Tax Implications of Converting From an LLC to a C-corp to Consider

Tax Implications of Converting From an LLC to a C-corp to Consider

Written by 
Darin Moriki
February 28, 2022
Tax Implications of Converting From an LLC to a C-corp to Consider

When you’re just getting your company off the ground, forming a limited liability company rather than a C corporation can come with its fair share of benefits. 

Limited liability companies, or LLCs, are generally easier to set up and can give you more flexibility when it comes to operating your business than C corporations, or C-corps. 

Much like a C-corp, an LLC can also protect your personal finances from legal claims that may be filed against your business.  

Although forming an LLC can be a particularly attractive option when your company is in its very early stages, eventually converting it into a C-corp will make it easier for you to raise capital from investors and offer equity to employees.

What is the difference between LLCs and C-corps?

Starting an LLC can be simpler than a C-corp, but from a tax perspective, they are often seen as the more complex entity type. One of the reasons is that LLCs don’t pay taxes directly;this obligation is passed on to the members of the LLC. Each member of the LLC must allocate the proper ratio of profit and losses each year on schedule K1. Then each will use schedule K1 when filing their personal or corporate tax returns.

This pass-through structure of paying taxes for an LLC is one of the reasons C-corps are more favorable when raising capital, since C-corps pay taxes themselves vs. passing through the tax burden onto shareholders. 

Additionally, beginning in 2020, the reporting requirements for LLCs changed. From 2020 on, the capital account for each LLC member has to be tracked year over year, which has placed even more burden on LLC businesses and their tax accountants.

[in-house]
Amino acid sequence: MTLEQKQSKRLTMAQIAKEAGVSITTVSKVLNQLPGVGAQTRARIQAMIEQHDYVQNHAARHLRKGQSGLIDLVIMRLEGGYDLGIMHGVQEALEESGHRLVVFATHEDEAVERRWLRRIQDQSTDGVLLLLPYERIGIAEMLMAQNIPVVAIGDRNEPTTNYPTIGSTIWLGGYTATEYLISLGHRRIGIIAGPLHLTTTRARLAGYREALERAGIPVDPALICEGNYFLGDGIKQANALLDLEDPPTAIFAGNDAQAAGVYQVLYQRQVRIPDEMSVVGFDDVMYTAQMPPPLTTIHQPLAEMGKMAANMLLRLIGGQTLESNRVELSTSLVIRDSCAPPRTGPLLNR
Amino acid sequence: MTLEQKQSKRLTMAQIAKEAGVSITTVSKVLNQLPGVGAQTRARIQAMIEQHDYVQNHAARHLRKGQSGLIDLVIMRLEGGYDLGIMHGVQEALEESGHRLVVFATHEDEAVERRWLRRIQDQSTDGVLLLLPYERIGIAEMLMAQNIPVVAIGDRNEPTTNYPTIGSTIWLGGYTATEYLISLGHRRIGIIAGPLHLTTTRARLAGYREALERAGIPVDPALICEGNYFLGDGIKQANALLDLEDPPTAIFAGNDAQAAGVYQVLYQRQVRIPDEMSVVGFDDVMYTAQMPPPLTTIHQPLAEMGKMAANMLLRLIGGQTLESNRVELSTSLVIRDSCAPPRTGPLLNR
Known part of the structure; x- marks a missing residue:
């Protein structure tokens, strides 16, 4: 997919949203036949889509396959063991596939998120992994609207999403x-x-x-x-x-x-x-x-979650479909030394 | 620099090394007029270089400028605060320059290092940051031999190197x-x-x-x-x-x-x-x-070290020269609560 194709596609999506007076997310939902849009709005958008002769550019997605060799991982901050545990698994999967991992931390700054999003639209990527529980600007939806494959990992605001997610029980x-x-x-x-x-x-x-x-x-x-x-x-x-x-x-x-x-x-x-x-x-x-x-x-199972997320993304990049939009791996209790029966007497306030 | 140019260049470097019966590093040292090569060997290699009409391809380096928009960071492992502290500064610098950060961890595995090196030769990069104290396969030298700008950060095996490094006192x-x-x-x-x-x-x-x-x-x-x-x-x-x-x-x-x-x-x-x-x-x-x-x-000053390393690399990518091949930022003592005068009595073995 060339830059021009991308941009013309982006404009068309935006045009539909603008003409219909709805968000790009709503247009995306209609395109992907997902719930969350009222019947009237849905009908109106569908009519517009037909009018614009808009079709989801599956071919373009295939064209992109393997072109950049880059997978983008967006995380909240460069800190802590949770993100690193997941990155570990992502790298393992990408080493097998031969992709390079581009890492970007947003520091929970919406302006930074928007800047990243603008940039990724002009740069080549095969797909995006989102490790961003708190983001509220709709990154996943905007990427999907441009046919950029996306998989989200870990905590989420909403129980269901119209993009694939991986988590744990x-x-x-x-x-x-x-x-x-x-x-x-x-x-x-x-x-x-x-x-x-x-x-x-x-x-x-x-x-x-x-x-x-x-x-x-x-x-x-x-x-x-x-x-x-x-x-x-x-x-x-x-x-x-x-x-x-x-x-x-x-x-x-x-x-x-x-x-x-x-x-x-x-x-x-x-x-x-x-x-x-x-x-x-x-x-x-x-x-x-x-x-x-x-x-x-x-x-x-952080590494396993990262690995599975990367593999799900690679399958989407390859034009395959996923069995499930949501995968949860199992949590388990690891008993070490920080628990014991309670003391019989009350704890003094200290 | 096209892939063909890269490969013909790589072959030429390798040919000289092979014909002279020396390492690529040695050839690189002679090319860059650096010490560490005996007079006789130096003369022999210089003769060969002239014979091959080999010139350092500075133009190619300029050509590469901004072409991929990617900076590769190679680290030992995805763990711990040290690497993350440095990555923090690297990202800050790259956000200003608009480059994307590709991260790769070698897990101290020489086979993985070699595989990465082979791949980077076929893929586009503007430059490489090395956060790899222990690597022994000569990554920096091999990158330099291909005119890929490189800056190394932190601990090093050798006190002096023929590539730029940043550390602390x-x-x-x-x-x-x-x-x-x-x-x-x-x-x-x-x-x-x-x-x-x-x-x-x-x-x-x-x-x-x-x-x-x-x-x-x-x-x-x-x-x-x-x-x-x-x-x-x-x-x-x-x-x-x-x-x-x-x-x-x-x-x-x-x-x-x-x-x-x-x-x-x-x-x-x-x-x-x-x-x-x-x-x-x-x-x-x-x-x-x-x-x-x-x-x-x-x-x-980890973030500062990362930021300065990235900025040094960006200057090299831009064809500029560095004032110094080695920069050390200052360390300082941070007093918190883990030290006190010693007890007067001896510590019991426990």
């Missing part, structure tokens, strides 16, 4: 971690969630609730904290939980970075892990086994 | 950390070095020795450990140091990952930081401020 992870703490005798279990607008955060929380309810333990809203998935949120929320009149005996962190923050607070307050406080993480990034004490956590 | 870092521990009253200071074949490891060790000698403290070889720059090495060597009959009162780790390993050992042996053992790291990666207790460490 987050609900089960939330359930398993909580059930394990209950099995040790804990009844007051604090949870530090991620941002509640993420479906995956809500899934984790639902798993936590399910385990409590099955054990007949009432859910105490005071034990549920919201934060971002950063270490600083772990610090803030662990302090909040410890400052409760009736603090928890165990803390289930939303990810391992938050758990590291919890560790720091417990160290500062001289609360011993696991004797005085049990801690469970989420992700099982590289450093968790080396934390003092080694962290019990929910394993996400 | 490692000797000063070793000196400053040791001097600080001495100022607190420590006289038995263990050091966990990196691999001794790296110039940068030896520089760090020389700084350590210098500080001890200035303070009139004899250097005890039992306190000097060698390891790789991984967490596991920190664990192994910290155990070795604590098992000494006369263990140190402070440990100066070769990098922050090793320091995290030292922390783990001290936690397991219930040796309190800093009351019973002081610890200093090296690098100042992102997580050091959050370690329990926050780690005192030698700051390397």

Timing Considerations When Converting from an LLC to a C-corp

If you’re planning to convert your LLC into a C-corp, timing will be key for any tax-related changes that need to happen. 

When you convert your business from a partnership or LLC to a corporation, you must apply for a new employer ID number that will be used for income tax and payroll tax reporting purposes. 

In some cases, this process alone can take days or weeks, so planning out the conversion ahead of time can go a long way.    

Additionally, your taxes may be impacted by the effective date of the conversion, since the LLC and C-corp would have two different employee ID numbers. For instance, if your LLC converts to a corporation on July 1, you must file two income tax returns — one for the LLC covering the pre-conversion part of the year and a corporate tax return covering the rest of the year.

You can avoid this hassle of filing two separate tax returns by planning for the conversion ahead of time and scheduling it to take place on December 31 at the end of a tax year.If you can do that conversion at the end of a year, you're simplifying some things from an income tax perspective because you can just cut off that old LLC return at the end of the year and then file as a corporation going forward.

Talk to an Expert

Converting your company from an LLC to a corporation and deciding whether you should do it can be tricky, so get in touch with an experienced startup tax provider and outsourced CFO team that can guide you through the process. 

Want to learn more about other common tax issues, such as what you should consider when hiring remote employees? Check out Pilot’s in-depth webinar on startup taxes.

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